In 1963, producer Sam Arkoff created the "beach party" movie genre. With inspiration from the popular Gidget
films and the obscure Love in a Goldfish Bowl
, Arkoff signed teen idol Frankie Avalon and Disney dream girl Annette Funicello to appear in the imaginatively-named Beach Party
, released by Arkoff's AIP studios in late summer 1963. With the pre-established formula of teens, bathing suits, music and a simple plot thrown in there somewhere, Beach Party
was a surprise hit. It spawned eleven more films using the same premise, if not the same locale. The action in most took place on the beach, but some were set in a winter ski lodge and others on the blacktop of an auto race track. However, all were chock full of hunky boys on surfboards and cute girls in bikinis (except, of course, Annette, under strict orders from Walt Disney). They featured music from the top trendy bands of the day, including Dick Dale and the Del-Tones, "Little" Stevie Wonder, Bobby Fuller Four, The Hondells and a slew of one-hit wonders. There was also a roster of popular comedians and actors known for their work in the Golden Age of Hollywood. Buster Keaton, Don Rickles, Keenan Wynn and even Oscar winner Dorothy Malone had no problem lowering themselves to the sophomoric level of writing and humor of these films. They were, indeed, a hoot!
And, boy, do I love them!
Of course, because Hollywood has a nasty habit of rehashing popular ideas, Arkoff's beach series gave other studios the cue to make their own entries into the genre, hoping to cash in on AIP's success. Just recently, I watched United Artists' attempt at making a "beach movie." The film — entitled For Those Who Think Young — is a mess. Just a mess.
Released in July 1964, between AIP's Muscle Beach Party and Bikini Beach, For Those Who Think Young wasn't really well thought out. Sure, it checks all the right boxes (Boys, girls, beach, music, Paul Lynde), but it lacks the endearing quality of the AIP films. Say what you will about the Frankie/Annette movies. They may be silly. They may have sub-par acting, but they do have plots. Paper-thin, yes, but plots, just the same. And they stick with those plots until the story is resolved. For a 90 minute feature, there is about 20 minutes worth of plot, allowing plenty of room for dancing on the beach, comical mugging from Buster Keaton and Mickey Rooney and a song or two from the two lead actors. But everything is neatly and satisfyingly summed up by the film's conclusion. And there's even enough time for another song and waving "bye-bye" to the viewing audience.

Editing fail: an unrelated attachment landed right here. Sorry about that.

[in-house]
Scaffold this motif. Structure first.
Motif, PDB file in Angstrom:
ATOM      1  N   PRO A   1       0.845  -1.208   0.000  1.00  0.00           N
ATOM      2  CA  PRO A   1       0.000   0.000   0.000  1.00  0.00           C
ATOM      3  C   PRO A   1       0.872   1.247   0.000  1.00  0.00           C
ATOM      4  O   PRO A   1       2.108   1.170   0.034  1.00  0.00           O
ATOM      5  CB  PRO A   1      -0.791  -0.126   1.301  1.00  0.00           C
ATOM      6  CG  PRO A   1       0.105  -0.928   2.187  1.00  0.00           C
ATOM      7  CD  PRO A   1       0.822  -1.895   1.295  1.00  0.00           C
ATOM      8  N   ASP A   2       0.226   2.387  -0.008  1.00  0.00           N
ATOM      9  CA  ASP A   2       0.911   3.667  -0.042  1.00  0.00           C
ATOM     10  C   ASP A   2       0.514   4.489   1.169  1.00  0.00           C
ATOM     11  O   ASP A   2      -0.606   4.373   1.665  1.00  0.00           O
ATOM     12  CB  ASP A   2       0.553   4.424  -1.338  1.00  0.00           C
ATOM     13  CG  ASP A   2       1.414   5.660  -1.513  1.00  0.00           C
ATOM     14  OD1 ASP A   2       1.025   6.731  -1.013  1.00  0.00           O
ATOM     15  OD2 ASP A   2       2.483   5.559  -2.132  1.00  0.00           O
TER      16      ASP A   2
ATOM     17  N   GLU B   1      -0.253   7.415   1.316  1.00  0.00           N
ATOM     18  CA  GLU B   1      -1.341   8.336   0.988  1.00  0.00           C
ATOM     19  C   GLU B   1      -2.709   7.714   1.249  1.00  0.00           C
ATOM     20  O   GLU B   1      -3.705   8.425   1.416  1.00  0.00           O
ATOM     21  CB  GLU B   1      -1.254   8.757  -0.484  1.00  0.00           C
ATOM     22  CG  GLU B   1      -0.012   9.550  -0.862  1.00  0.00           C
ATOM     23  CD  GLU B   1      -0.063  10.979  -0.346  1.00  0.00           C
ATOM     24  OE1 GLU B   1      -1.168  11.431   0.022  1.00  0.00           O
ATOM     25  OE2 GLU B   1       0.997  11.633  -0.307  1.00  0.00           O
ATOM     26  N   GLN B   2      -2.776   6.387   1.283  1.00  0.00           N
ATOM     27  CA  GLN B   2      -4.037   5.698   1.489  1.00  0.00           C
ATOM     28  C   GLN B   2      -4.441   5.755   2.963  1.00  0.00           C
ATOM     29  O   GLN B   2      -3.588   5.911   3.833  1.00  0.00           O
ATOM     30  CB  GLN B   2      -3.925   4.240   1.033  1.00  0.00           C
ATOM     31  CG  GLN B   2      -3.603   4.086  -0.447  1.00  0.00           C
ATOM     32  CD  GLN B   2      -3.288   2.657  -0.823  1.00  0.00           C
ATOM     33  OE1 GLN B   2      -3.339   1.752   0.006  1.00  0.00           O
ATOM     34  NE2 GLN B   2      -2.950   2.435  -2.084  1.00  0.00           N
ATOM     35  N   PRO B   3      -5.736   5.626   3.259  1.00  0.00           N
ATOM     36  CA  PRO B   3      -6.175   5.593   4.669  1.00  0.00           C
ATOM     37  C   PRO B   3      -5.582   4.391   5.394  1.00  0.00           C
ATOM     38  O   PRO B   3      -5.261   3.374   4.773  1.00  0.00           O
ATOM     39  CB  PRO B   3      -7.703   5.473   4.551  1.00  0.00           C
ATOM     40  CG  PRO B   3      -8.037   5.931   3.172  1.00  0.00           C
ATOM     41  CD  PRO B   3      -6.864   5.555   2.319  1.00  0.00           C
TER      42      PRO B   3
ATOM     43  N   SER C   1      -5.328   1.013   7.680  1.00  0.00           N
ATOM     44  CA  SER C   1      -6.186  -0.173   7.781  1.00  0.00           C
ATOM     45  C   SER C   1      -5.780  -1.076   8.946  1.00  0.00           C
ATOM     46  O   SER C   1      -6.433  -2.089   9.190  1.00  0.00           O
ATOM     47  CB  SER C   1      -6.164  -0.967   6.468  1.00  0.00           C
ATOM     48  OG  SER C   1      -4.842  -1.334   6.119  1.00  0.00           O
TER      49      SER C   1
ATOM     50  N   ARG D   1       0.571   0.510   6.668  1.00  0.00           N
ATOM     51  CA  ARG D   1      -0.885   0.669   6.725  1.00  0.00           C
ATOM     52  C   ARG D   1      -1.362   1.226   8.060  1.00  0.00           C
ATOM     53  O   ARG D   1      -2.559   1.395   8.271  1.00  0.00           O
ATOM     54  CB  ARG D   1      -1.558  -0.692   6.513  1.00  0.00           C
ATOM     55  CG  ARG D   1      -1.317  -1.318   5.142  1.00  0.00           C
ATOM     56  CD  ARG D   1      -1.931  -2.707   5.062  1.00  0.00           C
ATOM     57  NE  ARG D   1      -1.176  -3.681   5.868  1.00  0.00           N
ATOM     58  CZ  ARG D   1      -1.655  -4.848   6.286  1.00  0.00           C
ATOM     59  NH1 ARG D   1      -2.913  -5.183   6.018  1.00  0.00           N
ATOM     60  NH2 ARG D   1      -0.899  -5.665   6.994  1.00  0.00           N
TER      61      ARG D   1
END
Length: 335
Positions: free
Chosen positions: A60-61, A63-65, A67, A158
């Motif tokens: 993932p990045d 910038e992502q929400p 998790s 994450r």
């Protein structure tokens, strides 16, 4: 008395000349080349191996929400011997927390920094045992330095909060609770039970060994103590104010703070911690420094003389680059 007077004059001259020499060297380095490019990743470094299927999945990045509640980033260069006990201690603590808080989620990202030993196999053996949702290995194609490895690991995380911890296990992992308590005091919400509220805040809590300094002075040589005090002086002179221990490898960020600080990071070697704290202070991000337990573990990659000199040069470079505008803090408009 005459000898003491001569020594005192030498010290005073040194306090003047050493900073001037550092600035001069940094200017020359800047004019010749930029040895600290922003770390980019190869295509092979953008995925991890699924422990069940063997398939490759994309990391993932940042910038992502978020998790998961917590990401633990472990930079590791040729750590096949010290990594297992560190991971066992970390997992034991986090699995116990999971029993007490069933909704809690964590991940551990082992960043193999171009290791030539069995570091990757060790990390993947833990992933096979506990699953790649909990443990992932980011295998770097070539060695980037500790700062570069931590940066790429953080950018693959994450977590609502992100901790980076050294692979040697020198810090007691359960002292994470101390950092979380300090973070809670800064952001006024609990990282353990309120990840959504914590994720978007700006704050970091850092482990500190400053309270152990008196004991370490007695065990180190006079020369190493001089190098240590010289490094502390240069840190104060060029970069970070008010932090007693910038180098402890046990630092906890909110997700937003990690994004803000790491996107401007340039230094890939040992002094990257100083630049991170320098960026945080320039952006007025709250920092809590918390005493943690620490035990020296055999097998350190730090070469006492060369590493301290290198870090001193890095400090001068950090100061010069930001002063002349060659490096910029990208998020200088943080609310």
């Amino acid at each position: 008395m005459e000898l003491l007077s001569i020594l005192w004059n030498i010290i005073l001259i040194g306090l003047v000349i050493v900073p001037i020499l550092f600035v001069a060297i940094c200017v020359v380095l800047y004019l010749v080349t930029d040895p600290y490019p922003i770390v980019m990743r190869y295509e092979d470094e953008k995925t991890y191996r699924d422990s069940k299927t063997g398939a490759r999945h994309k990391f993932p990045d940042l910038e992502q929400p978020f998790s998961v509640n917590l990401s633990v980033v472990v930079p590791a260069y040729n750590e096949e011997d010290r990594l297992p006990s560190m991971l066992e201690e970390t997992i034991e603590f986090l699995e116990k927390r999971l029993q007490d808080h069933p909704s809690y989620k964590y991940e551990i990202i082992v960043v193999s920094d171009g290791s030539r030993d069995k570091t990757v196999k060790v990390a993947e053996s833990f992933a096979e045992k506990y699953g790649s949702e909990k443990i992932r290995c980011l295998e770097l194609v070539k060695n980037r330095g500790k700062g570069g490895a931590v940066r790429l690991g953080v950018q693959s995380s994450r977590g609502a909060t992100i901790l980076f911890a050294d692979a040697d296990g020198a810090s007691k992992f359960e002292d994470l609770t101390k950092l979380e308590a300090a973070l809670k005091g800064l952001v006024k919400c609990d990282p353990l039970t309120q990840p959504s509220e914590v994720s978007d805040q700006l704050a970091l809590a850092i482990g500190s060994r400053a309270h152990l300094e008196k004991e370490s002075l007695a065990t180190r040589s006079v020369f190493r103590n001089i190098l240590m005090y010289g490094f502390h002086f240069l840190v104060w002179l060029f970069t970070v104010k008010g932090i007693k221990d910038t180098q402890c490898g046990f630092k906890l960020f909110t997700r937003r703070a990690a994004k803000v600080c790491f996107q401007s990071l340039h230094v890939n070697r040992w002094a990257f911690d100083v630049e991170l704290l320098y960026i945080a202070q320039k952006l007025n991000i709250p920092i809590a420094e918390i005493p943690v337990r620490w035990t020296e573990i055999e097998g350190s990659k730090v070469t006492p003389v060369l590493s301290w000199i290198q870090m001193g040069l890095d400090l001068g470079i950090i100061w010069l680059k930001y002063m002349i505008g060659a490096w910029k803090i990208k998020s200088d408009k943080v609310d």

For Those Who Think Young
starts off with good intentions. Good-looking James Darren is chasing pretty Pamela Tiffin (obviously, Shelley Fabares wasn't available, so they got someone who looks like her), much to the dismay of her over-protective uncle. All that is laid out in the first five minutes. Then, somewhere along the way, the plot is abandoned. There is a disjointed subplot involving a romance between Bob Denver and Nancy Sinatra. Suddenly, a major shift is made that makes Tiffin's uncle, played by up-and-coming comedian Woody Woodbury, the lead character. James Darren and Pamela Tiffin disappear for long periods of time, taking their storyline with them. Meanwhile, Woodbury monopolizes the screen with a little help from Paul Lynde and a pre-Ginger
Tina Louise as a stripper. As the film winds to a close, character actor Robert Middleton is revealed to be an underhanded villain of some sort. He is outed, disgraced and everybody sings... and drinks Pepsi. Yep, at the time, "For Those Who Think Young" was the current advertising slogan for the Number Two cola company. At times, the movie feels like an extended commercial for the soft drink, made apparent by the blatant product placement. See?.... a mess.
The actors are all fine. Bob Denver, just a few months prior to ingratiating himself as everyone's favorite hapless first mate, provides some comic moments as James Darren's valet. Nancy Sinatra, in a brunette wig, is a foil for Denver's antics, otherwise, she is essentially a prop. Claudia Martin (Dean's daughter) is included in the bevy of girls. I suppose when Dino heard that Ol' Blue Eyes' progeny was cast, well....
Paul Lynde is... well... Paul Lynde. He mugs for the camera, chews the scenery and delivers his dialogue like he's giving an audition for his role as Samantha Stephens' "Uncle Arthur." (Ironically, the AIP beach movies were predominantly directed by Bewitched
showrunner William Asher.) Tina Louise acts as though she is giving a performance worthy of Academy Award consideration. Woody Woodbury, the true star of the movie, is a typical hack comedian. He made a handful of movies after FTWTY
and, at 98 years old, still offers a stand-up act in a Florida comedy club.
I usually have a high tolerance for bad movies. I can sit through some real clunkers. Some of my favorites are some really bad movies that I can watch over and over again.
For Those Who Think Young will not be joining their ranks. I have already deleted it from my DVR queue.